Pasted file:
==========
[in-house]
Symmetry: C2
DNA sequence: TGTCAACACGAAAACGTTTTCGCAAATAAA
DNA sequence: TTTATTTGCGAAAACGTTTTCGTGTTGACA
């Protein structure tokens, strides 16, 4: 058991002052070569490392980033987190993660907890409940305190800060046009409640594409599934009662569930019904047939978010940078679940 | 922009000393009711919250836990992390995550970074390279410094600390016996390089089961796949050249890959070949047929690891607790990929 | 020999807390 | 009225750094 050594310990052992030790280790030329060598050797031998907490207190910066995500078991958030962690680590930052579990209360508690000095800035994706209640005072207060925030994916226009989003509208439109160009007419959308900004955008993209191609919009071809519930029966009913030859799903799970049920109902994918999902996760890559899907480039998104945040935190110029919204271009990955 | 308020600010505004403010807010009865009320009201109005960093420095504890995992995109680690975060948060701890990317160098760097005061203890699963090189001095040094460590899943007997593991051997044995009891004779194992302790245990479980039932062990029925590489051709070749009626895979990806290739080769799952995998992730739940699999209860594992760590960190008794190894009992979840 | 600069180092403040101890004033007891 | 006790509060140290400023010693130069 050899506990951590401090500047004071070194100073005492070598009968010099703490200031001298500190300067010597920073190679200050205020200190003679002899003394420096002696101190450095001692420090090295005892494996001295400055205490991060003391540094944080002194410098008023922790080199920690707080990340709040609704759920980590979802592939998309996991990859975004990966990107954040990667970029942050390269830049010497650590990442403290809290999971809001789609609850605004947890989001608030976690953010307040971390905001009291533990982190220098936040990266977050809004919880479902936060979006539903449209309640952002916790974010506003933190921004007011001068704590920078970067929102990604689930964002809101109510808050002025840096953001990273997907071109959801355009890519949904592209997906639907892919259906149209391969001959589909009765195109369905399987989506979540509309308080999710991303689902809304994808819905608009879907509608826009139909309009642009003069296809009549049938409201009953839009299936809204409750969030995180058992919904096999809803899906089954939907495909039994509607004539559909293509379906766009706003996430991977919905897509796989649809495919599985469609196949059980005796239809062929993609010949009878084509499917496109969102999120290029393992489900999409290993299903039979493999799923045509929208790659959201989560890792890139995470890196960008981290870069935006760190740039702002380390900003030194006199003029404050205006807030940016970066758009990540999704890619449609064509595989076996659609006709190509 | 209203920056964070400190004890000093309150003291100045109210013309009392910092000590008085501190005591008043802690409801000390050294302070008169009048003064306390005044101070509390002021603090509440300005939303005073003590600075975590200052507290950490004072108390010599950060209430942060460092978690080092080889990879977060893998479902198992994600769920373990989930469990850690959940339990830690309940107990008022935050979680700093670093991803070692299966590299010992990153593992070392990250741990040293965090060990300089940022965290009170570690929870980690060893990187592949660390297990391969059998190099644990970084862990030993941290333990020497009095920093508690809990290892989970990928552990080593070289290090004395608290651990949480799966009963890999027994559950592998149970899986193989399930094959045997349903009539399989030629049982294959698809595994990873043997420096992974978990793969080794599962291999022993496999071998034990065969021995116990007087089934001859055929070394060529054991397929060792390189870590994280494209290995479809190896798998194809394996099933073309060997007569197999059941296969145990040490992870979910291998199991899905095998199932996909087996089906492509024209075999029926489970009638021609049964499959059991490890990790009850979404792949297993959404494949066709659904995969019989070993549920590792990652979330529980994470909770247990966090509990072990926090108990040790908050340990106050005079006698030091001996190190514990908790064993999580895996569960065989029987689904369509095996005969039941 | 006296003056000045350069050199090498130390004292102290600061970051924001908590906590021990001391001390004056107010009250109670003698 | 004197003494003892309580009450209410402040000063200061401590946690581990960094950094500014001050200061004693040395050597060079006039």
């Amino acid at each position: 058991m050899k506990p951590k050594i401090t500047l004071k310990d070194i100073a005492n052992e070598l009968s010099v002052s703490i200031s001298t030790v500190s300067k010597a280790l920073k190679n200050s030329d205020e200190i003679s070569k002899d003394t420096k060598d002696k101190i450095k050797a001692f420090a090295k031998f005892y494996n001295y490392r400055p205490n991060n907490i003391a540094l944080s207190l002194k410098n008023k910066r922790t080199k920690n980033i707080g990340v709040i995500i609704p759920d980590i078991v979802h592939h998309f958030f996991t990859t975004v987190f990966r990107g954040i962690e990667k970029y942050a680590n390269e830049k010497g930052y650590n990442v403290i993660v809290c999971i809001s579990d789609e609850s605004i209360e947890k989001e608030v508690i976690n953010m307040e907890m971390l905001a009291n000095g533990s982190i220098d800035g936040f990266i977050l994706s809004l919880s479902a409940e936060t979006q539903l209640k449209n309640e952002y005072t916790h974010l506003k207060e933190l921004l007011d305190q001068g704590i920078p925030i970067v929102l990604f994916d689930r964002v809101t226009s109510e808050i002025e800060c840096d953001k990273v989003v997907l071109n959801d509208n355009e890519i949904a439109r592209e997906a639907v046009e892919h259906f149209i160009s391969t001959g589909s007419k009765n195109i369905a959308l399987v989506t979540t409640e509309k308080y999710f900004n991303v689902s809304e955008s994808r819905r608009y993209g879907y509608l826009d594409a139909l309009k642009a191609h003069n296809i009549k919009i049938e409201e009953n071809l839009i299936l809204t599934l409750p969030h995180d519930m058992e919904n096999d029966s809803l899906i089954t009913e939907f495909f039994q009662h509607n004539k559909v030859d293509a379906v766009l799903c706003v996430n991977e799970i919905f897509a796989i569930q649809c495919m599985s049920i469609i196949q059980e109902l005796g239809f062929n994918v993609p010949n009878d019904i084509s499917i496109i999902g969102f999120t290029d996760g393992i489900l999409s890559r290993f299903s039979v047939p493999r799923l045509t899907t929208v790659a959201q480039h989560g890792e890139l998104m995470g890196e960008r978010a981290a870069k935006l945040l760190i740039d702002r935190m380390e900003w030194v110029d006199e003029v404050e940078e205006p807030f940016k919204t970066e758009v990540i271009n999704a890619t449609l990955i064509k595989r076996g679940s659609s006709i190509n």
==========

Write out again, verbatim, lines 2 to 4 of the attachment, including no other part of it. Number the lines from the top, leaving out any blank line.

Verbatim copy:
Symmetry: C2
DNA sequence: TGTCAACACGAAAACGTTTTCGCAAATAAA
DNA sequence: TTTATTTGCGAAAACGTTTTCGTGTTGACA